Jerick looked up. Sure enough, the Sho Del had arrived. He could see their bone-white faces approaching on the plateau beyond the one the warriors held, and soon arrows began to fall on both sides. As the demons reached the edge, they began to jump, sailing over the twenty-five foot gorge to land on the contested plateau. They needed neither bridges nor bridgemen.

All the warriors had to do was hold out until the Dragonsteel appeared, then they could collect the prize and retreat across the bridges. The Sho Del rarely gave chase, for they knew that once the Dragonsteel was in human hands, it was very difficult to retrieve—Sho Del legs could jump far, but they could not keep up with a galloping chariot. Couriers waited on every plateau leading back to the camp, ready to accept a thrown vial of Dragonsteel should the Sho Del decide to try and follow.

Jerick and the other bridgemen watched the battle with strangely uninvolved eyes. It was odd, seeing men fight and die just a few feet away but knowing that he himself was in no danger. Jerick couldn’t feel quite as detached as the rest of the bridgemen, with their tired eyes and uncaring faces. The horrors of what he had experienced over the last few months were too strong, too vibrant, to forget simply because this time he wasn’t personally in danger. Watching the soldiers fight, the Sho Del throwing horrible visions at them, made Jerick shiver with dread. I will never last two years like this, he realized.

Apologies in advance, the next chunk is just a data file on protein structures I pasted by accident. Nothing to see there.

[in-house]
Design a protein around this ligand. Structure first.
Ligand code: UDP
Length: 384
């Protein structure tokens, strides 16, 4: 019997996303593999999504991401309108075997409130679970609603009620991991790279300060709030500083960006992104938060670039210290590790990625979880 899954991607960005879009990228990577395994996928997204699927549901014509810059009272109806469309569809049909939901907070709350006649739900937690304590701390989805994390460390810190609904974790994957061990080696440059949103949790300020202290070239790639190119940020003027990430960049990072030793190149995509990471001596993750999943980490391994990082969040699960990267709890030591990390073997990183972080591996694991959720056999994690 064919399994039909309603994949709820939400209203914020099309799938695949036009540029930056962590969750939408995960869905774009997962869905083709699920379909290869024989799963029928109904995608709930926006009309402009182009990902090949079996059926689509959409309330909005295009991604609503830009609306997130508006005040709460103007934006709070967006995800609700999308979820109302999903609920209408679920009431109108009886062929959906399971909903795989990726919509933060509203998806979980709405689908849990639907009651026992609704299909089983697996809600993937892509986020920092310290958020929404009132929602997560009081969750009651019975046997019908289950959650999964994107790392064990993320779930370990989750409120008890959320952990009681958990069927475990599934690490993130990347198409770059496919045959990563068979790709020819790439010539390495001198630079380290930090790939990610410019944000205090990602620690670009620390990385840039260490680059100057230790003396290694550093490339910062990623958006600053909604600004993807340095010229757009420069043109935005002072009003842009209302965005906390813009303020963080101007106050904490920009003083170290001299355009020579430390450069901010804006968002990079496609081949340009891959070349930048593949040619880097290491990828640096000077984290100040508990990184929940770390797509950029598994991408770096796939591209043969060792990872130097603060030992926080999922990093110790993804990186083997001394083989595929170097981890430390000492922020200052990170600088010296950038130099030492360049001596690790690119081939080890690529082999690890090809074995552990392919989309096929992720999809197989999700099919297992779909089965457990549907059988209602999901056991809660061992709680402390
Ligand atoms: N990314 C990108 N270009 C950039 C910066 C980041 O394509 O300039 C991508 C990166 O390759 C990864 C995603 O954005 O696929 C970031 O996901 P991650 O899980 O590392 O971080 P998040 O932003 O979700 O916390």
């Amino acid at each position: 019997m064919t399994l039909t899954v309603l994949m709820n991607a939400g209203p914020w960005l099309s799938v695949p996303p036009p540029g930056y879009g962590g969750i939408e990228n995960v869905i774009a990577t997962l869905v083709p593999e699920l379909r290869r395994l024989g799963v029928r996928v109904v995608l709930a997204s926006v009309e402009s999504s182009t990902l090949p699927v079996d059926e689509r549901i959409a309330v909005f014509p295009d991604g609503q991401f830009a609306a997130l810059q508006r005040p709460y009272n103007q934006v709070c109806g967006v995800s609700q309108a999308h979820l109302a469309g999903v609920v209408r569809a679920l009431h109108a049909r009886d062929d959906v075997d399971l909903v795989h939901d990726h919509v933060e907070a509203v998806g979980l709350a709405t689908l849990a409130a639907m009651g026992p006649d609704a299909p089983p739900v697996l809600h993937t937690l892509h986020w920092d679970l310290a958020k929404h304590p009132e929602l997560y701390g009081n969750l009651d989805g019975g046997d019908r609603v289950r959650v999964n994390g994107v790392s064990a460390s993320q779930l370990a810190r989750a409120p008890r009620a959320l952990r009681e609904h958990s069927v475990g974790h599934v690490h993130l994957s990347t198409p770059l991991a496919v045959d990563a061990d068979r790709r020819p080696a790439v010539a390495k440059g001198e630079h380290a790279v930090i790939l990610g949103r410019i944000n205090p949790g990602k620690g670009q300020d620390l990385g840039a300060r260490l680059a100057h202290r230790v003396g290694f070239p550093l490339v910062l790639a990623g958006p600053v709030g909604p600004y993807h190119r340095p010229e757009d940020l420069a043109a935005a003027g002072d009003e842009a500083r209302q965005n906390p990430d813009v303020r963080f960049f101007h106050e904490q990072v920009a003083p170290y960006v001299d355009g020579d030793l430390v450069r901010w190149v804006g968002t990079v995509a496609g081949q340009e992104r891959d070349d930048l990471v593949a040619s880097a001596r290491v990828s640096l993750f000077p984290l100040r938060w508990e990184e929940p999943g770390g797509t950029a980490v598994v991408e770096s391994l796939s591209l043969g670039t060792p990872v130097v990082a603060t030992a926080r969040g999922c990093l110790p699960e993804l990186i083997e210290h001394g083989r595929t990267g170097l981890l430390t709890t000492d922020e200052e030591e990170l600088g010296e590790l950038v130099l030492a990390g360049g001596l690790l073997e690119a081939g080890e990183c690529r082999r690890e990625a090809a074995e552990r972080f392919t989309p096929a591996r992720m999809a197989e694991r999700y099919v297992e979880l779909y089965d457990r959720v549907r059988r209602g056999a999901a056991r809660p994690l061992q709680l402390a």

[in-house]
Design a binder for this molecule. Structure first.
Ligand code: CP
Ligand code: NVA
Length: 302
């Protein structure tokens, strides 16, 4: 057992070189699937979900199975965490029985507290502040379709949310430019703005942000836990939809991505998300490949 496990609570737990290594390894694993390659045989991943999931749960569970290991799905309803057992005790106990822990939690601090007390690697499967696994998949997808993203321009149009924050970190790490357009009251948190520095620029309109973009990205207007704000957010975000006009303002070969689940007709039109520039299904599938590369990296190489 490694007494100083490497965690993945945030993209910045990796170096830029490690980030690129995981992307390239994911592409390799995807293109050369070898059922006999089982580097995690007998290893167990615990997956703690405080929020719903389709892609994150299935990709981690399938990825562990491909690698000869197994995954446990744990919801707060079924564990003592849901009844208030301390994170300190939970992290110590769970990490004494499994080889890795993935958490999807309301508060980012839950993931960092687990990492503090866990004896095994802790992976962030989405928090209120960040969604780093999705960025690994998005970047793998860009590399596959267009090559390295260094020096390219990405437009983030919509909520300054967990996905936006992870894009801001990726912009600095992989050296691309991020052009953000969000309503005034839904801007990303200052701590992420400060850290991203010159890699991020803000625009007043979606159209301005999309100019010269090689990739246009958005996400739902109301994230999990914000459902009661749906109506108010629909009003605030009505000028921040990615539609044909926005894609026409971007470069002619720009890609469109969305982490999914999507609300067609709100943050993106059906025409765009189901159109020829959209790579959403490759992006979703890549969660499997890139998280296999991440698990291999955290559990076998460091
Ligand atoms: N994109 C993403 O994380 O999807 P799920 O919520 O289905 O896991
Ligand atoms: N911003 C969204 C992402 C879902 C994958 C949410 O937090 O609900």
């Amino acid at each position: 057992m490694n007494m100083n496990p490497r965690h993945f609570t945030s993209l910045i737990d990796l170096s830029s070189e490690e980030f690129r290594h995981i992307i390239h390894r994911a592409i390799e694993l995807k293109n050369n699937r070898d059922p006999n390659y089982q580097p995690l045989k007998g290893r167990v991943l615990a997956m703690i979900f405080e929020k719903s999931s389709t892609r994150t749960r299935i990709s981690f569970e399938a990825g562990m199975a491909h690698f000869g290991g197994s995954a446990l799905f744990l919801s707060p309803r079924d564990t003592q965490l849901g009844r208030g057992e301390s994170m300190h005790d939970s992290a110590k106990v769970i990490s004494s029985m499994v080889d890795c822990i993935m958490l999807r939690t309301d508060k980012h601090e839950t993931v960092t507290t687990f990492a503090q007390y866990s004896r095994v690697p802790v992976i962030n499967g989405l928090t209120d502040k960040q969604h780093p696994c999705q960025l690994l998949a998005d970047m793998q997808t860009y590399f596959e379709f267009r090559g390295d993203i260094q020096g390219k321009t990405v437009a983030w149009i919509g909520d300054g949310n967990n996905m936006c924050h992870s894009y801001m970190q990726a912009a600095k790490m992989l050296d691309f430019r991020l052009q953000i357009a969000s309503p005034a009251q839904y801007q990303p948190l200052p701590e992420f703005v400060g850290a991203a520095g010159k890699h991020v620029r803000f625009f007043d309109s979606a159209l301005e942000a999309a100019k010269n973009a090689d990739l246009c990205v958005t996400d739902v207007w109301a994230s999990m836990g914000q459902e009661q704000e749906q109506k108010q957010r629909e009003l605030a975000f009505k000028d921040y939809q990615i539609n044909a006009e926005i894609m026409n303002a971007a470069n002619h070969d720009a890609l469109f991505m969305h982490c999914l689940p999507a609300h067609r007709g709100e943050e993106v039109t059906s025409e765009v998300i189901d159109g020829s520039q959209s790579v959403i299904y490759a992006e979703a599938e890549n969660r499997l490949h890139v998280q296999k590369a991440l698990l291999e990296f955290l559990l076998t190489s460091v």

“By the Lords, have a look at that,” Tenne mumbled from beside him.

“What?” Jerick asked, glad of any distraction that took his mind off of the battle.

“Look over there,” Tenne said, pointing at General Demetris’s plateau. A powerful-looking figure in white and gold was approaching Demetris, followed by a file of tan-clothed warriors.

“It’s General Ki Tzern,” Tenne said with awe.

“Really?” Jerick asked with interest, looking closely at the form. Tzern rode a magnificent horse like Sir Hsor had back in Melerand—one of the amazing Tzend beasts that was capable of carrying a man on its back. It towered over even the chariot horses used in Demetris’s army. Ki Tzern was a tall man, though Jerick had always heard that Tzends were a short people.

The general dropped off his horse and approached Demetris with a firm stance. Jerick had heard of Tzern; the Tzend was said to be the most successful general in all of the Eternal War.

“Ah, Jerick,” Tenne said wistfully. “How many times have you wished you’d gone to that man’s camp for recruitment instead of here? They say his companies almost never have casualties, even bridgemen.”

Jerick snorted. “I wouldn’t believe it, Tenne. Like you Fallins say—your tea never tastes as good as your friend’s.”

“Ah, but wouldn’t it be nice if the stories were true?” he asked. “The most successful camp, and the one with the least deaths? They say his warriors are immune to the Sho Del illusions. They even say he has men on his side that can make illusions of their own.”